Hyundai Motor’s Chung worries about ChinaHyundai Motor Group Chairman Chung Mong-koo will visit China for three days to boost the company’s struggling car sales.
Chung will also attend the groundbreaking ceremony for the No. 5 plant that will be built in Chongqing with a total production capacity of 300,000 units per year.
“The group’s leadership including Chairman Chung will go to China to attend the groundbreaking ceremony on June 24,” said a spokesman of Hyundai Motor. “After attending the ceremony, the boss will move to Sichuan, where the company’s commercial vehicle production plant is located.”
The plant being built in Chongqing is significant for the company. It took three years to get approval from the Chinese government, and to get approval it had to build another factory in Hebei.
This will be Chung’s first trip to China in 15 months. He isn’t happy about the company’s recent poor performance in the world’s second-largest car market. Even worse, sales of Hyundai’s rivals including GM and Volkswagen, which are considered the Big 3 car sellers in China along with Hyundai, are improving, as are sales by Japanese rivals Toyota, Honda and Nissan.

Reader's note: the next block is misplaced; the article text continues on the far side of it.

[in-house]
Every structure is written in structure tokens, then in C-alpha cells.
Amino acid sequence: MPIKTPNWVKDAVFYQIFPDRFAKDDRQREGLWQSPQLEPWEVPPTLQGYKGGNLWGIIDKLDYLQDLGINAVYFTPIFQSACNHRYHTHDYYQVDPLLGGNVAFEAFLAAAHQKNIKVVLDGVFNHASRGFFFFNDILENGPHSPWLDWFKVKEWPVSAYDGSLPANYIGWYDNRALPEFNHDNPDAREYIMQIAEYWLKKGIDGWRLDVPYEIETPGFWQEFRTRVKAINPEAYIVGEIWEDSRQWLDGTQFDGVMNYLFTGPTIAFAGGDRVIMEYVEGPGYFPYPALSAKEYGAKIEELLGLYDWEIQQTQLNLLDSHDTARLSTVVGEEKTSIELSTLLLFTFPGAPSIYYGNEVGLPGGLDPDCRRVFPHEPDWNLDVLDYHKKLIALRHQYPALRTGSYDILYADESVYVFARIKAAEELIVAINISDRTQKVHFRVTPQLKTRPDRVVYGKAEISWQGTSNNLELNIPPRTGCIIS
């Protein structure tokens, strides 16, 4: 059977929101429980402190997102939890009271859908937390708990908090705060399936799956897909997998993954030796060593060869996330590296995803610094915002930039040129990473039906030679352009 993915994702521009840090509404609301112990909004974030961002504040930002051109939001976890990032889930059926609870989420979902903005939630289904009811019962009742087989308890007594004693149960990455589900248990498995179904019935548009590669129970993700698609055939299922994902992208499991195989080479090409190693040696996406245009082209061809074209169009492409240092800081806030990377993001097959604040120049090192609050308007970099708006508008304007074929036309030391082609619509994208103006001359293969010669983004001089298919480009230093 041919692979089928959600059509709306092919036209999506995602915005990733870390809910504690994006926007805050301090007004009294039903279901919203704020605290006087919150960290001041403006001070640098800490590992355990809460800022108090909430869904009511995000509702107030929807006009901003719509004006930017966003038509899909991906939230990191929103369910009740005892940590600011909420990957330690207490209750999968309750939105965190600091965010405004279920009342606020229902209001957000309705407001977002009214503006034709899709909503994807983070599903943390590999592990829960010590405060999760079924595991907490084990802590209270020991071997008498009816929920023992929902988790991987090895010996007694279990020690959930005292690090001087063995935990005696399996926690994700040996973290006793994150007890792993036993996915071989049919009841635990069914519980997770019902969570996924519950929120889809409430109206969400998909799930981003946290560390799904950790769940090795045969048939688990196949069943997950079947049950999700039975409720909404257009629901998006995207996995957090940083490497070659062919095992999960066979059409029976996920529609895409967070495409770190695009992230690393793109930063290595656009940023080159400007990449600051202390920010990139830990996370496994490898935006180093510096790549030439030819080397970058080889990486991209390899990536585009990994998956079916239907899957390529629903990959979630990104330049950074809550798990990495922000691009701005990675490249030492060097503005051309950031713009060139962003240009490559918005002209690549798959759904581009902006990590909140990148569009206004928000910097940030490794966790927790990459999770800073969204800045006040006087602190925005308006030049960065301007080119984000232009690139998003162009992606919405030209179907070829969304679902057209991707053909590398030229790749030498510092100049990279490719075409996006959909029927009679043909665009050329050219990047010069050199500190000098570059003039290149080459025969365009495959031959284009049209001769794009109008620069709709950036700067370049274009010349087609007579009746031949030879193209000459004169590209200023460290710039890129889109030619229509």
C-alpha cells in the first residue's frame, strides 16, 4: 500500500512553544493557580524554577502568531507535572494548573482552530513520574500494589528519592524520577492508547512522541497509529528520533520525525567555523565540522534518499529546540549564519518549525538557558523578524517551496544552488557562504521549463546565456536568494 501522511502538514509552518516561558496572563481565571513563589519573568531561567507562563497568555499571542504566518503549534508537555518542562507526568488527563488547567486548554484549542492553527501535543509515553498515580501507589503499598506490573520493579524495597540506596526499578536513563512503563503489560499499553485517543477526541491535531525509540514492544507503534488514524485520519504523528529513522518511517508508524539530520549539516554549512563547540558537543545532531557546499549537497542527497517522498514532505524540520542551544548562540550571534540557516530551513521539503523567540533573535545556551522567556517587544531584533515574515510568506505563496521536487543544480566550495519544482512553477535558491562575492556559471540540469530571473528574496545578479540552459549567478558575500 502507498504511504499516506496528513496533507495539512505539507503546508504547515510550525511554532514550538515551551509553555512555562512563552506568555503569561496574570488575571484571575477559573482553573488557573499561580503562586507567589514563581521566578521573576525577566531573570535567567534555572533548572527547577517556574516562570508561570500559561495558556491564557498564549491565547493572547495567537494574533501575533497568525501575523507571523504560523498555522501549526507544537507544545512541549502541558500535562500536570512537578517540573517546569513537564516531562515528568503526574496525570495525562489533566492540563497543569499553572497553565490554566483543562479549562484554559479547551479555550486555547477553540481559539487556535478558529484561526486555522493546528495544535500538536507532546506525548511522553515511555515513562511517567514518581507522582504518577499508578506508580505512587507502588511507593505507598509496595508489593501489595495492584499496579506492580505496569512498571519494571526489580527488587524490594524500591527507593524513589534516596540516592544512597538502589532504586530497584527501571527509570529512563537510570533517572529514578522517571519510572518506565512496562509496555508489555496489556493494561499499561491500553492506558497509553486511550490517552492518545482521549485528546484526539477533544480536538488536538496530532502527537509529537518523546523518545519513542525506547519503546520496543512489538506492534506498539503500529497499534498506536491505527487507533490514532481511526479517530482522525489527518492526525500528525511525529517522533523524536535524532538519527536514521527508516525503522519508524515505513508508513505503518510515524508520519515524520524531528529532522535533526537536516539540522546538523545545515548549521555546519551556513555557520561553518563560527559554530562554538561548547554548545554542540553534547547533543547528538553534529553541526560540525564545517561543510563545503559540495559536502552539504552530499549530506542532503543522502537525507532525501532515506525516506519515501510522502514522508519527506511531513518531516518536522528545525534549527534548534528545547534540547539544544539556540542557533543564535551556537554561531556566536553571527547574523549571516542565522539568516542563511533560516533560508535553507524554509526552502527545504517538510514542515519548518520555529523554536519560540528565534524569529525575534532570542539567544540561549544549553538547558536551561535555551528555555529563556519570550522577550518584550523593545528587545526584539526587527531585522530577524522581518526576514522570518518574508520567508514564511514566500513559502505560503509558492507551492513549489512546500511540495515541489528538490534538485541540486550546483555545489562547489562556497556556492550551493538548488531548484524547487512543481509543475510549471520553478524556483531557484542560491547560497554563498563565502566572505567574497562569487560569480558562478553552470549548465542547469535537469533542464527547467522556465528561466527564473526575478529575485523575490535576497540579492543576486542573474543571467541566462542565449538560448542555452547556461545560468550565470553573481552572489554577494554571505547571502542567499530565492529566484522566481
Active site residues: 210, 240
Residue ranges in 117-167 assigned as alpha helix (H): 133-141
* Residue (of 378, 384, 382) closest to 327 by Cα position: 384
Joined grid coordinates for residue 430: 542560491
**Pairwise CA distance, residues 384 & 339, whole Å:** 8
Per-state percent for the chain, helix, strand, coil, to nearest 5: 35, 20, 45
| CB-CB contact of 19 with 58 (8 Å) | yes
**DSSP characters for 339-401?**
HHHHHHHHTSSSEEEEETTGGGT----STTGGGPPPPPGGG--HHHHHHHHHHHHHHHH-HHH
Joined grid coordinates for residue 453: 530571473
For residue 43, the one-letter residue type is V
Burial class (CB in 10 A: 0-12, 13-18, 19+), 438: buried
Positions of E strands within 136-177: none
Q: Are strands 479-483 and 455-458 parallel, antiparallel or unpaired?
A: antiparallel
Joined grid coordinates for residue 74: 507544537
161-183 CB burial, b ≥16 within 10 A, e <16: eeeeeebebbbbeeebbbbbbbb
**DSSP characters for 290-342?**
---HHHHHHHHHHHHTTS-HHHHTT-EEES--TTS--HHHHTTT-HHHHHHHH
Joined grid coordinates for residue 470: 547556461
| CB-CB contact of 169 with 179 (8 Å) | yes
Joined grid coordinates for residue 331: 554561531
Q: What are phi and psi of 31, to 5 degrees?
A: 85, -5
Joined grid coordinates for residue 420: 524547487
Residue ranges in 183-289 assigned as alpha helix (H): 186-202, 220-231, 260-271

Chung will meet with local executives to check the current situation and give directions to turn it around.
In May, Hyundai Motor and Kia Motors sold 129,027 units together in China, a 9.9 percent drop from a year earlier and the biggest year-on-year decline for the year. Hyundai Motor sold 80,022 cars in May, a 12.1 percent drop, while the year-on-year sales by Kia Motors decreased by 5.9 percent to 49,005 units. Hyundai Motor alone planned to sell an average of 90,000 cars per month this year in China.
But rival Honda is riding high with crossover utility vehicle Vezel, which helped boost the company’s year-on-year sales by 32.3 percent to more than 80,000 cars in May in China. Toyota also sold 91,900 cars in the same period, a 13.3 percent rise from a year ago, thanks to the weak yen.
“The situation will get much tougher when Toyota completes its capacity expansion in China in 2017,” said Lee Hang-koo, a researcher at the Korea Institute for Industrial Economics and Trade.
BY KWON SANG-SOO AND KIM YOUNG-MIN [email@example.com]
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